"Rà-Àkõ-St" quickly settles into the relaxed grandiosity of the finest Italo disco—although you can detect a muscular quality to the production more reminiscent of Terje's output than Lindstrøm's more ethereal transmissions. But in spite of the percussion having a gratifying thump to it, the melodies are, of course, the main focus: tunes that seem to wind on and on forever, coiling lazily through distant harmonic realms before magically reappearing at their beginning.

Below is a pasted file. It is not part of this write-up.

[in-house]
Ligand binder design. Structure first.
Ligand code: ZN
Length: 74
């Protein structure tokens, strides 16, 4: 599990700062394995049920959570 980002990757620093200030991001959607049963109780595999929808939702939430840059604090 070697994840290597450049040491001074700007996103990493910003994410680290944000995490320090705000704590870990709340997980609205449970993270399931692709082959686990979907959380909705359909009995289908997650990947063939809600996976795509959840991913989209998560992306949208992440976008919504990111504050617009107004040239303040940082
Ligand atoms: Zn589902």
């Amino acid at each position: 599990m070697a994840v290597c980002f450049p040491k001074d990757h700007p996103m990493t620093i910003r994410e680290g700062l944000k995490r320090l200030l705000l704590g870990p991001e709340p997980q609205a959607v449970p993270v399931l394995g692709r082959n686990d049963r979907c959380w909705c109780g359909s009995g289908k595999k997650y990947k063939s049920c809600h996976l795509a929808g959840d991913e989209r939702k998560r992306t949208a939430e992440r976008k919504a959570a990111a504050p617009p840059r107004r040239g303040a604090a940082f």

The slightly brisker "Ęg-Gęd-Ōsis" focusses in on a mildly kitschy sense of angst, as if soundtracking a chase scene through some opulent Nordic resort. It's perhaps the weaker of the two, if only because those melodies hit the pleasure centres in a fractionally more roundabout way. But still, its ceaselessly rising arpeggios manage to climb to the kind of ecstatically camp heights few can reach. For all the admirably quixotic ambition of his recent work, there's no denying that this is what Lindstrøm does best.